by: Ira Chernus on June 21st, 2013 | Comments Off
When I left the country back in April for an extended sojourn in Europe I made myself a promise and a prediction. I promised that I would not look at a newspaper or any news source — cold turkey, for a news junkie like me. It actually turned out to be easy, a pleasant vacation from the world’s troubles.
I predicted that when I got home and fell back into my old junkie ways, the news would be very much the same as when I left home. It’s a lot like a soap opera: You can skip the news for weeks at a time, and when you turn it back on you feel like you’re picking up right where you left off; you’ve haven’t missed anything important at all.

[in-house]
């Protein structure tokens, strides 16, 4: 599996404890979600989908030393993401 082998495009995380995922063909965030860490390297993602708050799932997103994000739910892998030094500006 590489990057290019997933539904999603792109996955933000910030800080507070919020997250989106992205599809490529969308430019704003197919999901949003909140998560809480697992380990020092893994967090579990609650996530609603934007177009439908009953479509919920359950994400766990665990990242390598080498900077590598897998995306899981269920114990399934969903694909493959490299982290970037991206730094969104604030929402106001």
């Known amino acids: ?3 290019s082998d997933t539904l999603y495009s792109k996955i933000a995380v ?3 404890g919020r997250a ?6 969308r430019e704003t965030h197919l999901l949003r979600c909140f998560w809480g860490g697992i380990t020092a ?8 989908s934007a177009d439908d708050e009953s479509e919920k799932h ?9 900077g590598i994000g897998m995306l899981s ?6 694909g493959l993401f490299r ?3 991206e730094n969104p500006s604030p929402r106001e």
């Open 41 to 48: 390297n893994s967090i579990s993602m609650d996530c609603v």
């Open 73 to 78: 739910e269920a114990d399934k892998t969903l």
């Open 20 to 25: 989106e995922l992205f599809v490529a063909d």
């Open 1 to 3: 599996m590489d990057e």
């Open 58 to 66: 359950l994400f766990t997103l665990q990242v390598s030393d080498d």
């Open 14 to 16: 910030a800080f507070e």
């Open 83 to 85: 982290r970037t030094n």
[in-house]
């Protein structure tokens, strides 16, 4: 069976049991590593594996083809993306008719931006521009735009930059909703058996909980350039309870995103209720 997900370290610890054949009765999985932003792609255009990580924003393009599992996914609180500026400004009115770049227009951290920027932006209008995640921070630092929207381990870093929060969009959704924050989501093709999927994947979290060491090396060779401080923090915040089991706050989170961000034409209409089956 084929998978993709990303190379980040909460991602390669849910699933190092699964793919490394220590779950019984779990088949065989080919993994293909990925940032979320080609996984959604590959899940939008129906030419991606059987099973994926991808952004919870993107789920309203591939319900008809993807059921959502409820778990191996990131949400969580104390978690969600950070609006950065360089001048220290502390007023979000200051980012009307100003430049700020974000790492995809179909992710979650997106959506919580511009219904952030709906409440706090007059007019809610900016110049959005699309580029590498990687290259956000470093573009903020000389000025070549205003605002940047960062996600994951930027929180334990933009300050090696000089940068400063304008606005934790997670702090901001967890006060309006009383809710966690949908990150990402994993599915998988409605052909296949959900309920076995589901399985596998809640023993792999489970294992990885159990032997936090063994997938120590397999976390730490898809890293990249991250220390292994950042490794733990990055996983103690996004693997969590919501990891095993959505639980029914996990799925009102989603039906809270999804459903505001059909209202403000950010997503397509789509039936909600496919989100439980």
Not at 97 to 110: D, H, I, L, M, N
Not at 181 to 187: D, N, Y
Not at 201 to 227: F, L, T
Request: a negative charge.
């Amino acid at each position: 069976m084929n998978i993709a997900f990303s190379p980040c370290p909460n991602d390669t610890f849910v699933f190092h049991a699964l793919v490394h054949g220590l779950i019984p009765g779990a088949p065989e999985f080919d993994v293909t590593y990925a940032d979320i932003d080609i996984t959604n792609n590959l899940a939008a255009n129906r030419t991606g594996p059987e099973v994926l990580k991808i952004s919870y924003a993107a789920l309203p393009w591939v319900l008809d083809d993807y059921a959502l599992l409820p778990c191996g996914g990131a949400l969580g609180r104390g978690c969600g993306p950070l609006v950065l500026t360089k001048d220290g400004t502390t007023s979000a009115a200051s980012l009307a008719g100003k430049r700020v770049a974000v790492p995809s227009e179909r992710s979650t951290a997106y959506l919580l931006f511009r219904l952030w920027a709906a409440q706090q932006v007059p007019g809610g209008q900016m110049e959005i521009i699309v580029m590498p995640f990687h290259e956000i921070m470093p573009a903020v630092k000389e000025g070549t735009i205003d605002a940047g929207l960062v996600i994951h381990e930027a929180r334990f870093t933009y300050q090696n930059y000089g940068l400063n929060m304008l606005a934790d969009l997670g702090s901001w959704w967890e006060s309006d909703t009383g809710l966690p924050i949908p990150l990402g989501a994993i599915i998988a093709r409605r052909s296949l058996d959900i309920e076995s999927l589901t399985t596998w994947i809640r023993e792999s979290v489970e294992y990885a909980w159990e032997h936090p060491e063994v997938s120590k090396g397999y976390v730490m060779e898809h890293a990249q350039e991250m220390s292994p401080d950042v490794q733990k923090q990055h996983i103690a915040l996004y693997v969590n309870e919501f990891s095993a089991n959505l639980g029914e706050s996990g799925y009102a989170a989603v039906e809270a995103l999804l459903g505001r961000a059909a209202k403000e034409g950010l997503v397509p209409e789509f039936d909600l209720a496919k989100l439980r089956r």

My prediction proved prescient enough, if I just looked at the leading news stories. Of course I assumed that new, important events had unfolded. They just didn’t make the headlines.
Sure enough, I had barely returned to my news junkie habits when Paul Krugman confirmed that I was right. For years, he wrote, he and other liberal economists have been fighting “the policy elite’s damaging obsession with budget deficits, an obsession that led governments to cut investment when they should have been raising it, to destroy jobs when job creation should have been their priority.”
The big news: “That fight seems largely won — in fact, I don’t think I’ve ever seen anything quite like the sudden intellectual collapse of austerity economics as a policy doctrine.”